72. Retrieved from http://www.jstor.org/pss/2866678

Everyman. NY: Fox, Duffield and Company, 1903.

Gardiner, H. Introduction. The Imitation of Christ (Thomas Kempis). NY:
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Andrea Chenier an Analysis of

Words: 3389 Length: 10 Pages Document Type: Essay Paper #: 61609133

For example, the scene in which Andrea stands before the statue of Marat and sings "Credi al destino" fails to evoke for me any real sensation. Perhaps it is because, as Grout suggests, the opera is "laden with harmonies that are heavy and oldfashioned [and] has little of special interest" (p. 495). Such could explain why the scenes feel at time clunky and abysmally lacking in flair. Still, at other times, they are vibrant and alive with life -- and those times are when the drama calls for gaity (not for fatalism or idealism).

The opera may, therefore, be interpreted as a political piece -- but I do not wish to convey that interpretation, for I think there is already too much omanticism in contemporary politics today. I think Andrea fits better as a period piece that should be left in the period for which it was written: one that…… [Read More]

Reference List

Andre Chenier. (2011). YouTube. Retrieved from http://www.youtube.com/watch?v=WDiBdeUxYfk

Badaire, J. (1926). Review of French Literature. DC: Heath and Co.

Beacham, R. (1996). The Roman Theatre and Its Audience. Cambridge, MA: Harvard

Bregenzer Festspiele. (2011). Retrieved from http://www.bregenzerfestspiele.com/en/mainmenu/programme/opera-lake/andre-chenier
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Global Business Cultural Analysis

Words: 8186 Length: 25 Pages Document Type: Essay Paper #: 23504537

business culture and expansion trends that exist for American companies in India. The paper focuses on answering the following questions: 1. What are the major elements and dimensions of culture in this region? 2. How are these elements and dimensions integrated by local conducting business in the nation? 3. How do both of the above items compare with U.S. culture and business? 4. What are the implications for U.S. businesses that wish to conduct business in that region? The paper also tackles the following aspects: Dimensions of Culture, Communication. Different Meaning of Words across Languages, Verbal, Nonverbal, High Context vs. Low Context and eligion -- Christianity, Judaism, Islam, Hinduism, Buddhism, Confucianism, Shinto and Ethics; Definitions, The Issue of Corruption, Corporate Social esponsibility, Values and Attitudes, Variances in Attitudes across Cultures, Concept of Time, Dealing with Change, The ole of Gender, Social Status, Business Manners and Customs across National Cultures, Social…… [Read More]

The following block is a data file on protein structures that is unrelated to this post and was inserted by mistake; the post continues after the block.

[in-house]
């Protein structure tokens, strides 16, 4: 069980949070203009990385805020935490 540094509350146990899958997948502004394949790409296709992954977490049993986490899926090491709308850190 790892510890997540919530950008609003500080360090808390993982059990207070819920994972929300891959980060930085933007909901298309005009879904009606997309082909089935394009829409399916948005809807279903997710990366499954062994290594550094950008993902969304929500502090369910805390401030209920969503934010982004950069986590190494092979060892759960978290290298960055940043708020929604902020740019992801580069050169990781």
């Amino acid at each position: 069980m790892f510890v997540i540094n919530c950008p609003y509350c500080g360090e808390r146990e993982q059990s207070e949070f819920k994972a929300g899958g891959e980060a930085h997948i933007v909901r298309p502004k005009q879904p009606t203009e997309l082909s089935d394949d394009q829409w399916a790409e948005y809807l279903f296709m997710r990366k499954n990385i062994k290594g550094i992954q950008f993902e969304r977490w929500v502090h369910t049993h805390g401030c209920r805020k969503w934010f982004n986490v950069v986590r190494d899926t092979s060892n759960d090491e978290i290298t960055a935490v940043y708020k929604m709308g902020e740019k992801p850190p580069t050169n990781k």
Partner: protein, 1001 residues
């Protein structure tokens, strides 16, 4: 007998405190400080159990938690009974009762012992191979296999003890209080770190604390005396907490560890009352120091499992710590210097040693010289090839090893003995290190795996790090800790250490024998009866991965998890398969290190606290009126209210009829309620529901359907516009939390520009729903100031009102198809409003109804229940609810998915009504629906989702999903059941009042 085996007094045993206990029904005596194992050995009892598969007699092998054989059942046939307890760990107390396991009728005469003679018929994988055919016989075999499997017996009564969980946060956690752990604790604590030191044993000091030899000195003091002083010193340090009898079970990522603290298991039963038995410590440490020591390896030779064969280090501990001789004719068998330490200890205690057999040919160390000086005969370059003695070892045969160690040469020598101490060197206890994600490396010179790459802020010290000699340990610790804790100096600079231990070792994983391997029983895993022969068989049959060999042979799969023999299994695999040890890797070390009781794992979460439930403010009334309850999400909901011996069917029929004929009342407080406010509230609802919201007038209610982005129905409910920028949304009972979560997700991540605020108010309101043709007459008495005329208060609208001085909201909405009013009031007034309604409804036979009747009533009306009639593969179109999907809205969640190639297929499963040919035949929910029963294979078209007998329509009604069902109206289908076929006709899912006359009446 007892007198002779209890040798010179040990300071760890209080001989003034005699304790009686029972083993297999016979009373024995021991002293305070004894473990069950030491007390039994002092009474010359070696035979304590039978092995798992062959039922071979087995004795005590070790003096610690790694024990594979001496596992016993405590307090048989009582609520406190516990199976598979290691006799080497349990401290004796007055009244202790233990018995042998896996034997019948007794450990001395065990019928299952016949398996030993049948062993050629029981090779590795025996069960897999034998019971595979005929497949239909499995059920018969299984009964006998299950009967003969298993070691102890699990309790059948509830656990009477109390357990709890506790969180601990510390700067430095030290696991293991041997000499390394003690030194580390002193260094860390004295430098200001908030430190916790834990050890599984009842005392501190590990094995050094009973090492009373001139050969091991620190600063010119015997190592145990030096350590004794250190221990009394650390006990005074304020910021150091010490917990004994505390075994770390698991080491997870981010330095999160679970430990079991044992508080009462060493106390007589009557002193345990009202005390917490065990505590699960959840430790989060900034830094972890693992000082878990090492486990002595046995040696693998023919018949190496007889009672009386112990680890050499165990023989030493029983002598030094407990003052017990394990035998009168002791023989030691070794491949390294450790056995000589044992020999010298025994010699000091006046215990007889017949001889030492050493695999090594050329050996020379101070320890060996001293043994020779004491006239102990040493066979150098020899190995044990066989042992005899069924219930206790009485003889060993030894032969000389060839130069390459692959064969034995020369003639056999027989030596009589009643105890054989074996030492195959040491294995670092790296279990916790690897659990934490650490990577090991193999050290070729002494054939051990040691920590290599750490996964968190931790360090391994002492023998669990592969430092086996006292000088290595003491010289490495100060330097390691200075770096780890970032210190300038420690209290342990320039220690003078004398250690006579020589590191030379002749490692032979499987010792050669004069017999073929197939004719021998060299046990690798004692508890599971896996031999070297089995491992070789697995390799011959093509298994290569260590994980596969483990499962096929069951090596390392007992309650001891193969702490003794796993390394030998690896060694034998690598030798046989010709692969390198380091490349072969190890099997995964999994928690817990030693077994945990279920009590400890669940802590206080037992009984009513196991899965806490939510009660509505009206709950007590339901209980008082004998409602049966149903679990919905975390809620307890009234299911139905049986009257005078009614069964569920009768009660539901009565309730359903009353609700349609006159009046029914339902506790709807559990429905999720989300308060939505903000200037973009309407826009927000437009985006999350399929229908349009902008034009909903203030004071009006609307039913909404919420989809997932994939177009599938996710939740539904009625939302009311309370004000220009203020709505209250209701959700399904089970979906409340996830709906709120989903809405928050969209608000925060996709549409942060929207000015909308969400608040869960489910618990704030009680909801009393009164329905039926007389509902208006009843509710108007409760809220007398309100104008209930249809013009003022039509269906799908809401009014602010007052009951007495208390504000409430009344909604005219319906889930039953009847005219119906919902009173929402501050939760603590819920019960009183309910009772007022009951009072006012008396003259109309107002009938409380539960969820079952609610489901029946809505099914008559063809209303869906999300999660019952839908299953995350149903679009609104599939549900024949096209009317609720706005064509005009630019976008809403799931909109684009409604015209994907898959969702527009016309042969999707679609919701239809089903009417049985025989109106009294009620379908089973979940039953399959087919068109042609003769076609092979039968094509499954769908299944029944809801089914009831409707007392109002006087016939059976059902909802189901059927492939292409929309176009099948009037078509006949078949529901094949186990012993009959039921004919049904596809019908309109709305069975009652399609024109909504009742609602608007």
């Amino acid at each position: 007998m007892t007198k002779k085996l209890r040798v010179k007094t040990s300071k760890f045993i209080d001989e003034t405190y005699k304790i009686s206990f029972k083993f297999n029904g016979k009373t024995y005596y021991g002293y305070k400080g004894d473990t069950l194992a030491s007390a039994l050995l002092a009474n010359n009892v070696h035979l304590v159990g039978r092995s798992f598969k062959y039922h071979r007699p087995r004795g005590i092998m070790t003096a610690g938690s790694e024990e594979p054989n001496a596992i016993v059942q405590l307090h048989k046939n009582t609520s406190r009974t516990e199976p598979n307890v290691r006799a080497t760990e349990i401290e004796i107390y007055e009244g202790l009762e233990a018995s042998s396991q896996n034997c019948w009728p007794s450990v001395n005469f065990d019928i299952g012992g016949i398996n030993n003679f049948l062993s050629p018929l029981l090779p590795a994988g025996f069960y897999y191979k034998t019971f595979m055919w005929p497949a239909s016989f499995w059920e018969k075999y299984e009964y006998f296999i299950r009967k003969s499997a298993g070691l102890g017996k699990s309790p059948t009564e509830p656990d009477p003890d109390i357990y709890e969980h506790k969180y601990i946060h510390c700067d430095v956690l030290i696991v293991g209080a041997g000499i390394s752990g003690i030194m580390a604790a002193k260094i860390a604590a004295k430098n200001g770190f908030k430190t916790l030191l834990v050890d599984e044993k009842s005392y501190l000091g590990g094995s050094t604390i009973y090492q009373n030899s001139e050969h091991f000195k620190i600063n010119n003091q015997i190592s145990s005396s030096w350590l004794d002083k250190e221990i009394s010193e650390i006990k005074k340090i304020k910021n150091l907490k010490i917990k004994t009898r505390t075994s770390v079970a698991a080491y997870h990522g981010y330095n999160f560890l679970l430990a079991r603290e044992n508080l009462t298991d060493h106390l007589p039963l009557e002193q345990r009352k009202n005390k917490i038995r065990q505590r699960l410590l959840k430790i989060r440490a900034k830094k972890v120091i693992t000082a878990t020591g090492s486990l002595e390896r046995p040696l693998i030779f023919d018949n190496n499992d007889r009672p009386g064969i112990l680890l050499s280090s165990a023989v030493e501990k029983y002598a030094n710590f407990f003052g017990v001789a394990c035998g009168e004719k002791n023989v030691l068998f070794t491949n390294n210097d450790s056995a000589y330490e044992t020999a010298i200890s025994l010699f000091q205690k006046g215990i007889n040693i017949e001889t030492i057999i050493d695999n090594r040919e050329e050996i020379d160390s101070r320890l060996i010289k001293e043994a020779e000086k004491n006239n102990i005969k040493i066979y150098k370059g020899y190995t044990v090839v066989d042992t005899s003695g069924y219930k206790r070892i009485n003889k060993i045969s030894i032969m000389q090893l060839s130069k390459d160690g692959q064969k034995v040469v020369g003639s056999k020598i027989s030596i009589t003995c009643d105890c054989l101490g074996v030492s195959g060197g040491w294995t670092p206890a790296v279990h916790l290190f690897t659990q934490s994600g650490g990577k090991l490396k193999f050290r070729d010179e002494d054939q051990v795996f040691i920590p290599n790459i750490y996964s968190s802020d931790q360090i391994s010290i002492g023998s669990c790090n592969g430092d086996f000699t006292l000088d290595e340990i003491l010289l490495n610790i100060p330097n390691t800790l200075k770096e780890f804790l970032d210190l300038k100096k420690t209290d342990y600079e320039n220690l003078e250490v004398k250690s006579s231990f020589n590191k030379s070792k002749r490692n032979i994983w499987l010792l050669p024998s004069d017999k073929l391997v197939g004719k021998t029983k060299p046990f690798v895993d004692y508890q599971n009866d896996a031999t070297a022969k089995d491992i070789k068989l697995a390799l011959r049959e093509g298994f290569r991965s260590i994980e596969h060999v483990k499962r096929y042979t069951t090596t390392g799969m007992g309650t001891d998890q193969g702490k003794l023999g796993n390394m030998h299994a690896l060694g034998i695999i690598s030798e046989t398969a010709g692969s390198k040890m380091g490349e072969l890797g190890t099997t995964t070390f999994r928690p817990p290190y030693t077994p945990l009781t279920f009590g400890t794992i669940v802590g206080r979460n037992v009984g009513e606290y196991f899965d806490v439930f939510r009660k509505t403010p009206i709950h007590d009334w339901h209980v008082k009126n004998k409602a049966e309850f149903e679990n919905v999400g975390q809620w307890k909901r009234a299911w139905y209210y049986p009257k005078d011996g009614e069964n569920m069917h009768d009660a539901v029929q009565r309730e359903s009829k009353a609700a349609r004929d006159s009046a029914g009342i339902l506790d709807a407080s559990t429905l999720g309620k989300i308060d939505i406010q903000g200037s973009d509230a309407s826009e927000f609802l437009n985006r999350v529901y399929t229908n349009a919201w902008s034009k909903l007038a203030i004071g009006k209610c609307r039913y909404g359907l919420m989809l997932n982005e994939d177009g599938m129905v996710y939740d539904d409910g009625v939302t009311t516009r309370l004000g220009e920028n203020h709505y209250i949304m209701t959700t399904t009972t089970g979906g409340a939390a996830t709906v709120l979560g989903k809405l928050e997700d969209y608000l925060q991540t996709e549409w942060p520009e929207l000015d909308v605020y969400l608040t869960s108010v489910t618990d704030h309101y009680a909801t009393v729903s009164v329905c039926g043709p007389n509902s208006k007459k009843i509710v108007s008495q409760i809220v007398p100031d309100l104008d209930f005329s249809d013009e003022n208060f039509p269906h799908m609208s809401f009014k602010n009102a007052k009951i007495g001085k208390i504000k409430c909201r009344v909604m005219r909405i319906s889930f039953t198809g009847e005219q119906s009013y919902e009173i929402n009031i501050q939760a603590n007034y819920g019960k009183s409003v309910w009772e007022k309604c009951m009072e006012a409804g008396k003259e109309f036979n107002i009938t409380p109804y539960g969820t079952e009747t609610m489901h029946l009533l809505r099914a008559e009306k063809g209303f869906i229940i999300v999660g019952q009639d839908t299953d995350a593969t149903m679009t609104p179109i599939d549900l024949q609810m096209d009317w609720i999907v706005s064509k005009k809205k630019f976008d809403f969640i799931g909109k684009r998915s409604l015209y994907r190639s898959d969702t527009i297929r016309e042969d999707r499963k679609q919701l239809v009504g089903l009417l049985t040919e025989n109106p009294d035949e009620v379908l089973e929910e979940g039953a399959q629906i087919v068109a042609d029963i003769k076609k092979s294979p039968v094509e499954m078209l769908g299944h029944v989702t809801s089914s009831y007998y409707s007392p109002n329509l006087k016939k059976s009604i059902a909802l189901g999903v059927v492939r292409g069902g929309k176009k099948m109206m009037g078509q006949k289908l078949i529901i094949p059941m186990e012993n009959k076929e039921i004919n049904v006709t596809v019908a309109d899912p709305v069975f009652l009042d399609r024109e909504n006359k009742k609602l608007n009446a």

References

Bose, P. And Lyons, L.E. (2010). Cultural Critique and the Global Corporation. Tracking Globalization, Bloomington, IN.

Butler, Patty. (2012). India Business Etiquette, Manners, Cross Cultural Communication, and Geert Hofstede Analysis. International Business Etiquette and Manners. Cyborlink  http://www.cyborlink.com/besite/india.htm 

Doh, J., and Luthans, F. (2009). International Management: Culture, Strategy, and Behaviour. New York: The McGraw-Hill Companies, Inc.

Doh, J., and Luthans, F. (2009). International Management: Culture, Strategy, and Behavoir. New York: The McGraw-Hill Companies, Inc.
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Interpretation and Analysis Othello

Words: 1606 Length: 5 Pages Document Type: Essay Paper #: 67071991

Othello

Of the alleged chief tragedies penned by Shakespeare, Othello has led to a certain degree of embarrassment. This 'domestic tragedy' lacks the dynastic and political consequences that characterize Macbeth, Hamlet, and Lear. The protagonist, Othello, behaves like a blockhead. eaders are led into doubting his claims to greatness right from the start. The Bard of Avon is famous for his interest in identity issues. Antagonists may cruelly impose themselves on other characters and assert their self-identity, but sensitive characters require external identity confirmation (ees). Othello's unique rawness stems from the way the playwright has dramatized the normal and ordinary, and exposed such normalcy as intrinsically cruel and horrific. A number of contemporary critics account for Othello's conduct by claiming it arose from the black Othello's insecure feelings in a white racist society. But I personally believe this tale compellingly fights racism (a theory that hypothesizes an essential difference between…… [Read More]

References

Corbett, Lisa Ashley. "Male Dominance and female exploitation: A study of female Victimization in William Shakespeare Othello, Much Ado about nothing, and Hamlet." ETD Collection for AUC Robert W. Woodruff Library (2009). Thesis.

Djundjung, Jenny M. "Iago and the Ambiguity of His Motives in Shakespeare's Othello." Jurusan Sastra Inggris (2002): 1 - 7. Journal.

Goll, August. "Criminal Types in Shakespeare." Journal of Criminal Law and Criminology (1939): 22 - 51.

Rees, Joan. "Othello as a Key Play." The Review of English Studies - Oxford University Press (1990): 185 - 190.
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Literary Analysis of Phaedra

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Racine's Phaedra -- Compared to Blake's "Lamb" and Melville's Billy Budd